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Commentary: Connection between the oil spill, seismic surveys and expanding quarries?
Published on January 15, 2014 Email To Friend    Print Version

By Cathal Healy-Singh

Seismic surveys are used to explore for oil and gas. They involve repeated build up and discharge, every ten seconds, of sub-sea, high pressure air ‘explosions’, 24 hours per day, over a period of months. These discharges cause vibrations which penetrate the sea bed and propagate great distances through the ocean. Marine life close to the seismic bombs can be damaged. It is lethal to spawning fish. Consequently, hydrocarbon exploration impacts heavily on commercial fisheries and the lives and well-being of fisher folk.

Cathal Healy-Singh is an independent environmental engineer and advocate for wise use of natural assets. He has worked throughout the Caribbean on water treatment and supply, waste water and solid waste management, renewable energy, assessing the sustainability of development and advancing the Green Economy. He has directed state corporations in the energy sector (Trinidad and Tobago) as well as taken direct action at the grass roots/community levels to build public capacity and participation in processes to protect the well-being of the environment.
The Environmental Management Authority (EMA) chooses not to regulate the seismic surveys and, in doing so, violates the Environmental Act. This means that companies are not required to collect and submit basic data on the social and environmental impacts of the surveys. The ministry of energy supports the EMA as the energy sector in their view, should remain unregulated -- unfettered by such concerns. Their focus is petro-dollar based economic activity and NOT integrated natural resource management. Foreign oil/gas companies are indeed pleased because back home they would be obligated to assess risks and impacts when conducting seismic surveys. Maximizing profit is the bottom line mantra.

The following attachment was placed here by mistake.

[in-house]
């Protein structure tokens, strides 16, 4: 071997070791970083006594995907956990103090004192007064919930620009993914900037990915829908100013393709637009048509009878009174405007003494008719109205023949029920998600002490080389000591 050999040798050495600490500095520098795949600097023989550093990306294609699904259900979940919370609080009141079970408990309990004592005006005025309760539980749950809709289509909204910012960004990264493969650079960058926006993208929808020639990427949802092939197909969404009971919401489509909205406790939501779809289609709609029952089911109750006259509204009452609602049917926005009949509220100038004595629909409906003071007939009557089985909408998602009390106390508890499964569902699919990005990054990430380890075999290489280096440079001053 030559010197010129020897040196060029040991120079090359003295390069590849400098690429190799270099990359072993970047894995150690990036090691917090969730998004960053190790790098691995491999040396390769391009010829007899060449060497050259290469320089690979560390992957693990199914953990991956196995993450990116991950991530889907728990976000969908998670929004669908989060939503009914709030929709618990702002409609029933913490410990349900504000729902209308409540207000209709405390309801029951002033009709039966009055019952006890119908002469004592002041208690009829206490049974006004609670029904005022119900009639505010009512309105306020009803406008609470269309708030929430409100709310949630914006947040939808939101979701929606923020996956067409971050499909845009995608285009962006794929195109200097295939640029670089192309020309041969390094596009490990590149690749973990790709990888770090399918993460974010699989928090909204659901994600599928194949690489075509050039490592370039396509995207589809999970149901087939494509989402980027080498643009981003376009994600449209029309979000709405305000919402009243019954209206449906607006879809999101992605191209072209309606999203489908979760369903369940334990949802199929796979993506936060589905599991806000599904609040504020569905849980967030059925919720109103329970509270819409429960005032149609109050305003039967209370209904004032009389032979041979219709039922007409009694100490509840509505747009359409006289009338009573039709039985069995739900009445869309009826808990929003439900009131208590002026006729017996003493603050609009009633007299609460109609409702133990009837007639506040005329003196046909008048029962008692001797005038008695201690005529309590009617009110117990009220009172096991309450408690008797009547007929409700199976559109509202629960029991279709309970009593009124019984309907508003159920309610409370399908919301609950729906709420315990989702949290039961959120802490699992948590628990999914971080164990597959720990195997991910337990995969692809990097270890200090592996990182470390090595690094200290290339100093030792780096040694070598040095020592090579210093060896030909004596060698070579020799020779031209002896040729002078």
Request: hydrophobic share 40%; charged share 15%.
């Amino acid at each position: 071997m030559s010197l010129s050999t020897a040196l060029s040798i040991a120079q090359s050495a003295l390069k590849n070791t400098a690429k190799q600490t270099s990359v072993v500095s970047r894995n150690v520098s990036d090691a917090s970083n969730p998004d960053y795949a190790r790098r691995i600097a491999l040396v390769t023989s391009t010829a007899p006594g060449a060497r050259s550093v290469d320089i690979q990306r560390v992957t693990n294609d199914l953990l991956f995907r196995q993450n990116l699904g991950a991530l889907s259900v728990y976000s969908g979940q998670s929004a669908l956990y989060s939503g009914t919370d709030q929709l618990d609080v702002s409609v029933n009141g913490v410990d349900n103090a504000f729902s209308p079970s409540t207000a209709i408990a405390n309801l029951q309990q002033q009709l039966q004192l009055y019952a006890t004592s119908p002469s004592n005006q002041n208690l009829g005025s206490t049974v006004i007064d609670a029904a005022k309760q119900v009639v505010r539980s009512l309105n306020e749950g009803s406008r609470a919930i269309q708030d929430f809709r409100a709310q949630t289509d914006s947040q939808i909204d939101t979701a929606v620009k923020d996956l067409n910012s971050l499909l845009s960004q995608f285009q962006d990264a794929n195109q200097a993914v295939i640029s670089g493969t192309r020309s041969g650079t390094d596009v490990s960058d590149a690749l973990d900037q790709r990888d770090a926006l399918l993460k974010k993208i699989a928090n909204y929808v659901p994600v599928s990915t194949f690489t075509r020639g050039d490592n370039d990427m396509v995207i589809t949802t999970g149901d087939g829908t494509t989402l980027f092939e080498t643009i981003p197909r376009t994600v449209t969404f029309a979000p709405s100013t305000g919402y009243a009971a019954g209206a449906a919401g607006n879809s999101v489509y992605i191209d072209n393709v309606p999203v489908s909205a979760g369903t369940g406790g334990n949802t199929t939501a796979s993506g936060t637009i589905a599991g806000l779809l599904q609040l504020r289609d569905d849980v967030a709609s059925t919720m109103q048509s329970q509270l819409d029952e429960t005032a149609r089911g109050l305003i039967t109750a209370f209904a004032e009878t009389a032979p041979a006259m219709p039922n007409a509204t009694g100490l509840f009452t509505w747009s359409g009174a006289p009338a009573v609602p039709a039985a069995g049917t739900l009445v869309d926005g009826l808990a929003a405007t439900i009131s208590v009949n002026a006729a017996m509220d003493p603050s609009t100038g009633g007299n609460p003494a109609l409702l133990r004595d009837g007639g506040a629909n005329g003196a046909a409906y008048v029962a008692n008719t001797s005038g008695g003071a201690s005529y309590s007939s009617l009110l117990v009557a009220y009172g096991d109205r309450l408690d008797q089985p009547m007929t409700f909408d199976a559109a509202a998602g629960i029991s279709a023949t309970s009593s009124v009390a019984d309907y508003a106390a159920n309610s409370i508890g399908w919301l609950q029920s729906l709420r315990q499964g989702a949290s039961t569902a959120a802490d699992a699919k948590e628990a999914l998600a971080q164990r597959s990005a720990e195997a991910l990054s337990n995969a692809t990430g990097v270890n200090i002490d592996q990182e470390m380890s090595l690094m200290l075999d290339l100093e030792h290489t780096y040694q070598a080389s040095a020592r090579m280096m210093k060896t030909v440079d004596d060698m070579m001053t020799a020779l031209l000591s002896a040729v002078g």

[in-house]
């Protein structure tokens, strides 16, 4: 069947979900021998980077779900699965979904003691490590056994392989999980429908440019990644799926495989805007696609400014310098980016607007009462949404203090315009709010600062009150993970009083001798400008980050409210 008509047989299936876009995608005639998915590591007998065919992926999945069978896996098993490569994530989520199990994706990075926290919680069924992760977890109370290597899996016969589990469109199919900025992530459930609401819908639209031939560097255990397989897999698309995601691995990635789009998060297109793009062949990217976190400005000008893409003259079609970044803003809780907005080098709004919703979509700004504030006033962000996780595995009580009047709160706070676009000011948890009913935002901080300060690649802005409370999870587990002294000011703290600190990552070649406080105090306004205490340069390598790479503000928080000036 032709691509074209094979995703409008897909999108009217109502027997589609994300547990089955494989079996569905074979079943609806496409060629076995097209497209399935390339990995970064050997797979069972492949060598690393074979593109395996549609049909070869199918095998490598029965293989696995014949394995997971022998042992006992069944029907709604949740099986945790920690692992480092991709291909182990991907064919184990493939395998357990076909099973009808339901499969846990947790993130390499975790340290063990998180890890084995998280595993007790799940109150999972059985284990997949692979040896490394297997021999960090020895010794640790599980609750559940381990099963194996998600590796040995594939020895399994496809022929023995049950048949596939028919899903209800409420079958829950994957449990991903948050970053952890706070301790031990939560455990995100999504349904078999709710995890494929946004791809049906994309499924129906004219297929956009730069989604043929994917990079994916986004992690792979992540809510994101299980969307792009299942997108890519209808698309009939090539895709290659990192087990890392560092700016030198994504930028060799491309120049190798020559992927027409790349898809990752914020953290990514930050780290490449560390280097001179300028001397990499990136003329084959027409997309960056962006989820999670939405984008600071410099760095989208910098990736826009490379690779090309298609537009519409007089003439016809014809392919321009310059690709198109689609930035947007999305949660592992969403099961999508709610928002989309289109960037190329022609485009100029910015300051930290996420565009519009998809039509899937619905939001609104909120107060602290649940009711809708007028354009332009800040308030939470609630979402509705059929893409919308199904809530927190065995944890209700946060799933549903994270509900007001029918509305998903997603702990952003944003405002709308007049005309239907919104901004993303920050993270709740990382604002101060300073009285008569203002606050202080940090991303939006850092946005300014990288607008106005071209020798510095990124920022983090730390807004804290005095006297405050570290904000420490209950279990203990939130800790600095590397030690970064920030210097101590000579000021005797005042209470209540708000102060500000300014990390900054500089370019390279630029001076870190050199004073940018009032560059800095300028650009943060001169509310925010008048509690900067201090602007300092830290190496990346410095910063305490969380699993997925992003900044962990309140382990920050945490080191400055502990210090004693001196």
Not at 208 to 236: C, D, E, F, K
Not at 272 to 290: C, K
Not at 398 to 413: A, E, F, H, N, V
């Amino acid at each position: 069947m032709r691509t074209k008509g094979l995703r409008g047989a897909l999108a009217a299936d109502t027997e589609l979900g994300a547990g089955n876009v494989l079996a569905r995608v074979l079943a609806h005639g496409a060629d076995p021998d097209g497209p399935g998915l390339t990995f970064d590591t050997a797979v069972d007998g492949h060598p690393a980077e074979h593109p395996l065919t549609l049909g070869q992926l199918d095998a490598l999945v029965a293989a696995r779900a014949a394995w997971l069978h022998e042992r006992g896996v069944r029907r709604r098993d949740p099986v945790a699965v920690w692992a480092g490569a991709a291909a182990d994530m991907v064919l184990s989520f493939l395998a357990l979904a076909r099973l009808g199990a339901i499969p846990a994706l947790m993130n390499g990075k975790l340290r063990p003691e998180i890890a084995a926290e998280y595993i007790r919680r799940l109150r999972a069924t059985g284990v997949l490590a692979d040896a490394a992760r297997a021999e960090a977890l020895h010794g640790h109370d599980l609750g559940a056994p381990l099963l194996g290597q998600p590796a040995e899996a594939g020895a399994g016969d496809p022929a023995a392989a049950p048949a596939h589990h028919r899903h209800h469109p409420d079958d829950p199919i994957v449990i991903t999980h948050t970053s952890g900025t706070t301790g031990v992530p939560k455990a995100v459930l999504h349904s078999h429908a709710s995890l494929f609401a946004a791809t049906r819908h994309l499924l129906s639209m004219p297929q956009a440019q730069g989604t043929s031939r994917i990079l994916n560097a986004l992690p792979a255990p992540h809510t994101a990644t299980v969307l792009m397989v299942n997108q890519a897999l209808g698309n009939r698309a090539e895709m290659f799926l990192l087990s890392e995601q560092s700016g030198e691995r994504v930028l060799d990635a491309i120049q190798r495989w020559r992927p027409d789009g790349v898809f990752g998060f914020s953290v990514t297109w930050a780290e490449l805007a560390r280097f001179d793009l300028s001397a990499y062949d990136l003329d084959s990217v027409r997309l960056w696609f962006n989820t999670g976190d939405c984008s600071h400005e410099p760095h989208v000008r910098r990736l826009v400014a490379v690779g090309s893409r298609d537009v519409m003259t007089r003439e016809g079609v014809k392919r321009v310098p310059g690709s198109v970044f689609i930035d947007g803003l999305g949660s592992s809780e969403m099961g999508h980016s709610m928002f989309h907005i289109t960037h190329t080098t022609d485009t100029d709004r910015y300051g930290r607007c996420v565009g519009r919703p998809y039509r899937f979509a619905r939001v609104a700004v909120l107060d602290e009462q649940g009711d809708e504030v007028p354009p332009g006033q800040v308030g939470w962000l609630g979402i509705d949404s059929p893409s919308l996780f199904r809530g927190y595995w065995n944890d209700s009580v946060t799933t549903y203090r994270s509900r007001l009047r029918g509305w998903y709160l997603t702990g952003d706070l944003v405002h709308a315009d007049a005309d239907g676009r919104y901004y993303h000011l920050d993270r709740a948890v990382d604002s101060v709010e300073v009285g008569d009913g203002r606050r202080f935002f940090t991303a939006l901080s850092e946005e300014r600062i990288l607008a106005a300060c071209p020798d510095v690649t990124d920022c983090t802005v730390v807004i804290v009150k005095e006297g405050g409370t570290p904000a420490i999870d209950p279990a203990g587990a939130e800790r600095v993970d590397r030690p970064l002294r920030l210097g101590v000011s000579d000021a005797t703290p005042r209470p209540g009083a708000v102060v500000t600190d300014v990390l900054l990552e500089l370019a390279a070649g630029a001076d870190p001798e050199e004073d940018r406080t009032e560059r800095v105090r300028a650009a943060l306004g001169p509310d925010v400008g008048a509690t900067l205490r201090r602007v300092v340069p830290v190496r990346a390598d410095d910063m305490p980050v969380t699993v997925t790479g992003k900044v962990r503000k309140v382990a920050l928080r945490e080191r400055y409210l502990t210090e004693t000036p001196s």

Petrotrin’s oil spill demonstrates clearly the unregulated nature of the energy sector. There are no real contingency plans in place to respond immediately to serious spills. There is no in-house technical or management capacity, or infrastructure on-island, to cope with what has happened in La Brea and environs. The highest response level of government’s existing contingency plan is to call for outside help!

The Guardian newspaper broke the story of Petrotrin’s aging and ailing infrastructure ripe for leaks and blow outs – the result of 17 years of negligence. This means a systemic failure at routine infrastructure maintenance. A past minister of energy (PNM) claims to have been aware of the problem and chose to focus on refinery upgrades. This extraordinary admission makes clear that negligence and the preference for unregulated resource extraction, crosses party lines!

Further, the current health, safety and environment manager at Petrotrin cannot pronounce the word “impact”. He omits the “t” at the end. This should be cause for alarm because at the heart of this manager’s portfolio is the continuous monitoring and assessment of the IMPACTS of fugitive hydrocarbons on staff, the public and the general environment, as well as responding to emergencies.

The Ministry of Energy (MOE) is responsible for granting mining licences to quarry operators. Here too, the MOE prefers unregulated licensing. Little interest is paid to social and environmental concerns. At the beginning of 2013, the MOE hired a foreign company to carry out a strategic environmental impact assessment (SEIA), which recommends expansion and designation of mining zones (quarry areas). Only quarry owners were consulted. No information on social impacts that would have been gathered through community engagement was considered ‘strategic’ enough, to inform the report. The SEIA process was carried out in secret and presented to the public after it was complete.

Interestingly, the terms of reference for the SEIA were developed under the PNM. The requirement for community consultations was removed when the contract was awarded by the PP to the UK consultant. Unregulated quarrying is disastrous for the Northern range where 80% of our naturally occurring drinking water originates.

So the connection is that resource extraction, whether it is oil or gas or aggregate, on-land or offshore, is unregulated. This demonstrates an absence of meaningful social and environmental values in the market place.

In the face of global breakdown of climate and ecological systems, and the urgent need ‘resource security’ across the board, we in Trinidad and Tobago are taking a “casually catastrophic” approach to our own development.
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